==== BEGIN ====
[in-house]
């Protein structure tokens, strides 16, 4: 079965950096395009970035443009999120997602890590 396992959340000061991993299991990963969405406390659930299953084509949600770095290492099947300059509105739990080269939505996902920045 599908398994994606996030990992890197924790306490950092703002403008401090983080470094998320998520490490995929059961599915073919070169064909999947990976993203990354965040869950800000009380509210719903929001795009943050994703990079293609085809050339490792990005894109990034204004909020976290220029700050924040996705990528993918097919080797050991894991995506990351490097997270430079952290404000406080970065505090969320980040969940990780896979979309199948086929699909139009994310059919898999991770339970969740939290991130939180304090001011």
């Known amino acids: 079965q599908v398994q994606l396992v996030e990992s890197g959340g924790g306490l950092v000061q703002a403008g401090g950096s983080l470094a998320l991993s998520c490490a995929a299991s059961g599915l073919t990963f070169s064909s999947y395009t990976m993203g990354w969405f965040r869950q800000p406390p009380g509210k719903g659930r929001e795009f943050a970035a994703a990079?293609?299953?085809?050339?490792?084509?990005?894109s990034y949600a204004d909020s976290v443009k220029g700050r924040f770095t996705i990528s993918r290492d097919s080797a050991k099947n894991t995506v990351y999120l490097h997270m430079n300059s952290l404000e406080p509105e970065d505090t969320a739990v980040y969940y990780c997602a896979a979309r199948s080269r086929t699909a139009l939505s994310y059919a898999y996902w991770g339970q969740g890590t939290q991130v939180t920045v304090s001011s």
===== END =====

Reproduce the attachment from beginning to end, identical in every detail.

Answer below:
[in-house]
């Protein structure tokens, strides 16, 4: 079965950096395009970035443009999120997602890590 396992959340000061991993299991990963969405406390659930299953084509949600770095290492099947300059509105739990080269939505996902920045 599908398994994606996030990992890197924790306490950092703002403008401090983080470094998320998520490490995929059961599915073919070169064909999947990976993203990354965040869950800000009380509210719903929001795009943050994703990079293609085809050339490792990005894109990034204004909020976290220029700050924040996705990528993918097919080797050991894991995506990351490097997270430079952290404000406080970065505090969320980040969940990780896979979309199948086929699909139009994310059919898999991770339970969740939290991130939180304090001011």
């Known amino acids: 079965q599908v398994q994606l396992v996030e990992s890197g959340g924790g306490l950092v000061q703002a403008g401090g950096s983080l470094a998320l991993s998520c490490a995929a299991s059961g599915l073919t990963f070169s064909s999947y395009t990976m993203g990354w969405f965040r869950q800000p406390p009380g509210k719903g659930r929001e795009f943050a970035a994703a990079?293609?299953?085809?050339?490792?084509?990005?894109s990034y949600a204004d909020s976290v443009k220029g700050r924040f770095t996705i990528s993918r290492d097919s080797a050991k099947n894991t995506v990351y999120l490097h997270m430079n300059s952290l404000e406080p509105e970065d505090t969320a739990v980040y969940y990780c997602a896979a979309r199948s080269r086929t699909a139009l939505s994310y059919a898999y996902w991770g339970q969740g890590t939290q991130v939180t920045v304090s001011s």